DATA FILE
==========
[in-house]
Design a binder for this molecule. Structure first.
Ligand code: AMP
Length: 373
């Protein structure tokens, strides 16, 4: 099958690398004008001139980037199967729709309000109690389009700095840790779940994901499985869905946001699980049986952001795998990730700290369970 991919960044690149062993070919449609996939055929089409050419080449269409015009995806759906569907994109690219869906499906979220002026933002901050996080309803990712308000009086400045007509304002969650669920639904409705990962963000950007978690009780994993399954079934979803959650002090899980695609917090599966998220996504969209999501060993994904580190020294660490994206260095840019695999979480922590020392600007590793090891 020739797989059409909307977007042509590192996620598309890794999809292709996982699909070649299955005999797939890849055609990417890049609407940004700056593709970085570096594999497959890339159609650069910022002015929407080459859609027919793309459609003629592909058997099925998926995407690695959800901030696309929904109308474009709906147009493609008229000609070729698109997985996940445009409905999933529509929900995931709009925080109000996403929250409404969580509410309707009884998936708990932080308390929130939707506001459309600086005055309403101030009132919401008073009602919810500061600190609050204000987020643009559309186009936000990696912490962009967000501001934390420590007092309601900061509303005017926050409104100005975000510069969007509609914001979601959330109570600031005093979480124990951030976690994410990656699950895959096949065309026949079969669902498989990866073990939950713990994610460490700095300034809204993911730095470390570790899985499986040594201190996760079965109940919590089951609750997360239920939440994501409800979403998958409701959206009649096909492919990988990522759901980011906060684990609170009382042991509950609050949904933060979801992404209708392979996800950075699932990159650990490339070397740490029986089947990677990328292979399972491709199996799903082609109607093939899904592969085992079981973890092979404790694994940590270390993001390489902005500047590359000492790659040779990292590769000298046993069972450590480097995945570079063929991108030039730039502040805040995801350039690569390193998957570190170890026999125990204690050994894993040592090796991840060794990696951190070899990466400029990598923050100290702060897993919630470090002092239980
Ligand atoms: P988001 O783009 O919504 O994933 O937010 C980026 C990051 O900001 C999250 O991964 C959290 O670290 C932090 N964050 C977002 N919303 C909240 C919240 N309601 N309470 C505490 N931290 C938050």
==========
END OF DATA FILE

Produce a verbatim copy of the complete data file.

[in-house]
Design a binder for this molecule. Structure first.
Ligand code: AMP
Length: 373
């Protein structure tokens, strides 16, 4: 099958690398004008001139980037199967729709309000109690389009700095840790779940994901499985869905946001699980049986952001795998990730700290369970 991919960044690149062993070919449609996939055929089409050419080449269409015009995806759906569907994109690219869906499906979220002026933002901050996080309803990712308000009086400045007509304002969650669920639904409705990962963000950007978690009780994993399954079934979803959650002090899980695609917090599966998220996504969209999501060993994904580190020294660490994206260095840019695999979480922590020392600007590793090891 020739797989059409909307977007042509590192996620598309890794999809292709996982699909070649299955005999797939890849055609990417890049609407940004700056593709970085570096594999497959890339159609650069910022002015929407080459859609027919793309459609003629592909058997099925998926995407690695959800901030696309929904109308474009709906147009493609008229000609070729698109997985996940445009409905999933529509929900995931709009925080109000996403929250409404969580509410309707009884998936708990932080308390929130939707506001459309600086005055309403101030009132919401008073009602919810500061600190609050204000987020643009559309186009936000990696912490962009967000501001934390420590007092309601900061509303005017926050409104100005975000510069969007509609914001979601959330109570600031005093979480124990951030976690994410990656699950895959096949065309026949079969669902498989990866073990939950713990994610460490700095300034809204993911730095470390570790899985499986040594201190996760079965109940919590089951609750997360239920939440994501409800979403998958409701959206009649096909492919990988990522759901980011906060684990609170009382042991509950609050949904933060979801992404209708392979996800950075699932990159650990490339070397740490029986089947990677990328292979399972491709199996799903082609109607093939899904592969085992079981973890092979404790694994940590270390993001390489902005500047590359000492790659040779990292590769000298046993069972450590480097995945570079063929991108030039730039502040805040995801350039690569390193998957570190170890026999125990204690050994894993040592090796991840060794990696951190070899990466400029990598923050100290702060897993919630470090002092239980
Ligand atoms: P988001 O783009 O919504 O994933 O937010 C980026 C990051 O900001 C999250 O991964 C959290 O670290 C932090 N964050 C977002 N919303 C909240 C919240 N309601 N309470 C505490 N931290 C938050």